Managing Quality Case: Manila Laundry
The owner of Manila Laundry has decided that a quality improvement program must be implemented in his dry cleaning service. Customers bring clothes to one of five stores or pick up stations. Orders are then delivered to the cleaning plant twice each day (morning and afternoon), with deliveries of orders being made to the stores at the same time, allowing for same-day serve by customer request.
Although Manila Laundry is a larger-than-average cleaning operation, total annual revenues for the dry cleaning service are approximately P600,000. Therefore, any suggestions must be relatively inexpensive. The other parts of the company are a shirt laundry (retail and wholesale), wedding gown cleaning and preservation, fire restoration (smoke removal from fabrics after a house fire), leather and suede cleaning, and drapery cleaning and hanging.
The stores are opened at 7:00 A.M. by a full-time employee. This person is relieved at 3:00 P.M. by a part-time employee, who closes the store at 6:00 P.M. When the clothes are received from the customer, a five-ply ticket showing the customer name, phone number, due date, and special requests is prepared. One ply is given to the customer as a claim check and the store keeps one ply (to show what it has in process). The clothes and the remaining plies of the tickets are put in a nylon laundry bag for delivery to the plant.
At the cleaning plant, the departments are:
Mark in: Each order is removed from the bag; items are tagged for identification later and sorted into large buggies according to due date, type of garments, and cleaning requirements. Buggies are moved to the cleaning department as they become full. Also at mark-in, garments are checked for spots, stains, tears, or other special handling. The problem is written on a strip-tag (a ½ in. wide paper tape) and attached to the garment with the identification tag.
Cleaning: The buggies are emptied into the cleaning machine one item at a time to allow for inspection. The primary items checked are spots and stains requiring special attention and foreign objects. For example, an ink pen left in a pocket could ruin the whole load. As items are removed from the cleaning machine, they are placed on hangers and moved by conveyor to the pressing department.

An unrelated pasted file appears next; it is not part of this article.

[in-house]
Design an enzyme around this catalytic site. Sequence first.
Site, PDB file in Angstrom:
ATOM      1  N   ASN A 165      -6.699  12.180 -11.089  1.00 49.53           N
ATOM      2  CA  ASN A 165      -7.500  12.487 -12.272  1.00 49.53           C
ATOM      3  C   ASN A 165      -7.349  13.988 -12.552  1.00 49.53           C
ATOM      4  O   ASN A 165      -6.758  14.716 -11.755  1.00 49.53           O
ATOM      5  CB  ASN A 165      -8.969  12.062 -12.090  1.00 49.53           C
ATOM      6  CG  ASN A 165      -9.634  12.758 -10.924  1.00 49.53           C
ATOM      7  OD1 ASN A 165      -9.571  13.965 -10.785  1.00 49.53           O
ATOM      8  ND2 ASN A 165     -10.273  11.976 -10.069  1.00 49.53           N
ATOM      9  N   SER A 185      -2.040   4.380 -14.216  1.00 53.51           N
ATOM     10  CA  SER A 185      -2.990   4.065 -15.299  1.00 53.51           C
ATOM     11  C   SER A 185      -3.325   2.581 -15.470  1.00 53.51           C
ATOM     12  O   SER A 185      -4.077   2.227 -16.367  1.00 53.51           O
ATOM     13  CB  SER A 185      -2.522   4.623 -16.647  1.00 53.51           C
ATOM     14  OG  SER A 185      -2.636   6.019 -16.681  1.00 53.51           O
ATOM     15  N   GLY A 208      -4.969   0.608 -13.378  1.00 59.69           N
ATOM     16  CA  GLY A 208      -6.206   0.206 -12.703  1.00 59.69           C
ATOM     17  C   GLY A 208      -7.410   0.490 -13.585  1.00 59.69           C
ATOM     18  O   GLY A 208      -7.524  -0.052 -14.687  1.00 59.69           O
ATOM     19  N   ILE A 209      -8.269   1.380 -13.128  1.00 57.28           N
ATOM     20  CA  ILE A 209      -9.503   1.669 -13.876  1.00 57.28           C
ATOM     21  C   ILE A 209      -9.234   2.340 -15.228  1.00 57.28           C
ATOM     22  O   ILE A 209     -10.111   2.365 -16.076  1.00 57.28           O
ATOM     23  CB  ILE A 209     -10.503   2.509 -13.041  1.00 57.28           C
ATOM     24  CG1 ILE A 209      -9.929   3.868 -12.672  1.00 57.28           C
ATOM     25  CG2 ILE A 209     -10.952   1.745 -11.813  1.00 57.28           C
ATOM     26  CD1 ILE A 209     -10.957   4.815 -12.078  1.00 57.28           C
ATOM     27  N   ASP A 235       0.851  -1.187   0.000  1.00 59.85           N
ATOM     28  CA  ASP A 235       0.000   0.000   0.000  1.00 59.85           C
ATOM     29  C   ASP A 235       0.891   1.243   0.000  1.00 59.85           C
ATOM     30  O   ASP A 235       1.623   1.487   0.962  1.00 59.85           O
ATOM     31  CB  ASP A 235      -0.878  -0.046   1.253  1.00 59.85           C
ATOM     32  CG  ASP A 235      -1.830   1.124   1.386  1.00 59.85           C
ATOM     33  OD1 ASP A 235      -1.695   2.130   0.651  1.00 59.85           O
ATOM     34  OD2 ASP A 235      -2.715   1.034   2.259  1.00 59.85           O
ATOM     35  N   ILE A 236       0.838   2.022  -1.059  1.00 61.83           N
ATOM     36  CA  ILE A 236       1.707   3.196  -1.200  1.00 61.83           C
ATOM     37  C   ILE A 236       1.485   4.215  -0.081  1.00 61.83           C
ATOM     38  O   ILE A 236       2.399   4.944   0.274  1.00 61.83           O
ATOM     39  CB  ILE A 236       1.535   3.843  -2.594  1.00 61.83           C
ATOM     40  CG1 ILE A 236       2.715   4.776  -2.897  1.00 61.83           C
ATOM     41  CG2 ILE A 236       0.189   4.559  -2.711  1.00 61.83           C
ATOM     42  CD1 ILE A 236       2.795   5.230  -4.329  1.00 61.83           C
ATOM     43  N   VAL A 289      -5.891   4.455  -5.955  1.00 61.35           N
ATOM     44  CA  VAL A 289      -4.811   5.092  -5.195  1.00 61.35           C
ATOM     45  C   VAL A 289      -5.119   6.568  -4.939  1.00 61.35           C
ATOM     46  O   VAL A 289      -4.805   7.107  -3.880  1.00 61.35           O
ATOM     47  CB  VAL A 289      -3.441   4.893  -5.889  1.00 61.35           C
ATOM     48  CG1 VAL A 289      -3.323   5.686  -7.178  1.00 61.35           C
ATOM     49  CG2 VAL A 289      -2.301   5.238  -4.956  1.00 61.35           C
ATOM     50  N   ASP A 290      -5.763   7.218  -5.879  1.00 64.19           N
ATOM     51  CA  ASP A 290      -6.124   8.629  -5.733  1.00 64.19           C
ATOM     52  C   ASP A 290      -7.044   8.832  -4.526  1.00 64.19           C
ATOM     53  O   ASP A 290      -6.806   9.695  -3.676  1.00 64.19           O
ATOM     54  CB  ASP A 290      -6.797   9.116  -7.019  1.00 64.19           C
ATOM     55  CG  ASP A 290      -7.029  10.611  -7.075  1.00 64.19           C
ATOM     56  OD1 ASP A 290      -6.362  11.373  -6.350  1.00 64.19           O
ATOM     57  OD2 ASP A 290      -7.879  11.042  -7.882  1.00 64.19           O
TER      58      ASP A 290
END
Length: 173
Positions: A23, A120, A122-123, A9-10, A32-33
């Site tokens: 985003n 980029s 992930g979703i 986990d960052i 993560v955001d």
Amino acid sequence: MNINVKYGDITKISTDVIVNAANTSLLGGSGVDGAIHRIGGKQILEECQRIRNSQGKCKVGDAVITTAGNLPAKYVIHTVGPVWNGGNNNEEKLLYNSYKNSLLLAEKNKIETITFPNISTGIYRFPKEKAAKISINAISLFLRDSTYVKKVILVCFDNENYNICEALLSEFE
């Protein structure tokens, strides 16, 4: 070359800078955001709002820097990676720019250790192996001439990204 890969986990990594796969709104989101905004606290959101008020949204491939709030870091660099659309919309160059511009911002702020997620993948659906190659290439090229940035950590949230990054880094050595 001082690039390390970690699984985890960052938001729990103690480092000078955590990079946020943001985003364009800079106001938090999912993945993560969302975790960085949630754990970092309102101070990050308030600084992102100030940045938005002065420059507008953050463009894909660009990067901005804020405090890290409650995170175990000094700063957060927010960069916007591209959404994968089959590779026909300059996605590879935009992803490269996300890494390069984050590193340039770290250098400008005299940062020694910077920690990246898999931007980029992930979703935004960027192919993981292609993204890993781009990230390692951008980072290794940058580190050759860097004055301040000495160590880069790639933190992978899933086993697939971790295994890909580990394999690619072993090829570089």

Pressing: There are four presses: one for silks, one for pants, and two general-purpose. On an ordinary day, three of the presses will be operating, but which three of the four are operating will depend upon the total demand and product mix that particular day. As items are pressed, they are placed on a conveyor that delivers them to the assembly department.
Assembly: Cleaned items are grouped into customer orders, bagged, and put in the appropriate queue for delivery to the respective store. At this time, two plies (of the remaining three) of the ticket are attached to the order, and one ply stays at the plant to show that the order was completed. When the customer picks up the order, one ply will stay on the order.
The store will retain the last ply and pull the corresponding ply from its work-in-process file to show that the order is complete.
At present, a majority of the employees are cross-trained to allow for flexibility. The table below indicates the production employees and the positions for which they are trained. P indicates this is the primary duty, or the one they perform most often. A check indicates they are also trained in that function.
For example, one day David may only clean; the next day he cleans a while and then presses pants. This presents a problem in determining who put a double crease in Mrs. Jones’ slacks, but the owner believes this flexibility in scheduling is valuable and must be maintained.
1) Design the quality program. Consider the following issues: a) Where should inspection(s) occur? Include a process chart of the operation that shows the movement of the...
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